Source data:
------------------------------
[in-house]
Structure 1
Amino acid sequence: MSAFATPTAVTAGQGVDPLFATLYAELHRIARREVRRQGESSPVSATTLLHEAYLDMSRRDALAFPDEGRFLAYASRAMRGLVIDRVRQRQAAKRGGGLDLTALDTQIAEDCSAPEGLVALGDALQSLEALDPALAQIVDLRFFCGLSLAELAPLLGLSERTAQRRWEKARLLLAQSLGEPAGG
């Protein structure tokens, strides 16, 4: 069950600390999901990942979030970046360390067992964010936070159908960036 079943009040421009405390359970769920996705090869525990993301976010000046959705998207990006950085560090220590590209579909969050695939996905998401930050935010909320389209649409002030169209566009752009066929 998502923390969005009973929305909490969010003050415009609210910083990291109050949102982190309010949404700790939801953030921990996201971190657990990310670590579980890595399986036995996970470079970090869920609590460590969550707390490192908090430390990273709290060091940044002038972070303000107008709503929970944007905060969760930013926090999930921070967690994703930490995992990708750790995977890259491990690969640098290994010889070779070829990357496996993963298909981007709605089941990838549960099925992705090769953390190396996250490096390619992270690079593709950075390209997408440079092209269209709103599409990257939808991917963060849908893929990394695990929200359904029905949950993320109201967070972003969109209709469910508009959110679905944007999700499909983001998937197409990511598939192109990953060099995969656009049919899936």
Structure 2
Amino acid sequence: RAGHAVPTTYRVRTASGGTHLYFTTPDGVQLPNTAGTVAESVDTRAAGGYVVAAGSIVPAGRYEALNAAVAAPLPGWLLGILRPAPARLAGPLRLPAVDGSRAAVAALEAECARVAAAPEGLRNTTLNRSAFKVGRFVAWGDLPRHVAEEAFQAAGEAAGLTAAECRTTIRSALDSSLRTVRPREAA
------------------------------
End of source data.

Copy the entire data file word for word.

[in-house]
Structure 1
Amino acid sequence: MSAFATPTAVTAGQGVDPLFATLYAELHRIARREVRRQGESSPVSATTLLHEAYLDMSRRDALAFPDEGRFLAYASRAMRGLVIDRVRQRQAAKRGGGLDLTALDTQIAEDCSAPEGLVALGDALQSLEALDPALAQIVDLRFFCGLSLAELAPLLGLSERTAQRRWEKARLLLAQSLGEPAGG
């Protein structure tokens, strides 16, 4: 069950600390999901990942979030970046360390067992964010936070159908960036 079943009040421009405390359970769920996705090869525990993301976010000046959705998207990006950085560090220590590209579909969050695939996905998401930050935010909320389209649409002030169209566009752009066929 998502923390969005009973929305909490969010003050415009609210910083990291109050949102982190309010949404700790939801953030921990996201971190657990990310670590579980890595399986036995996970470079970090869920609590460590969550707390490192908090430390990273709290060091940044002038972070303000107008709503929970944007905060969760930013926090999930921070967690994703930490995992990708750790995977890259491990690969640098290994010889070779070829990357496996993963298909981007709605089941990838549960099925992705090769953390190396996250490096390619992270690079593709950075390209997408440079092209269209709103599409990257939808991917963060849908893929990394695990929200359904029905949950993320109201967070972003969109209709469910508009959110679905944007999700499909983001998937197409990511598939192109990953060099995969656009049919899936």
Structure 2
Amino acid sequence: RAGHAVPTTYRVRTASGGTHLYFTTPDGVQLPNTAGTVAESVDTRAAGGYVVAAGSIVPAGRYEALNAAVAAPLPGWLLGILRPAPARLAGPLRLPAVDGSRAAVAALEAECARVAAAPEGLRNTTLNRSAFKVGRFVAWGDLPRHVAEEAFQAAGEAAGLTAAECRTTIRSALDSSLRTVRPREAA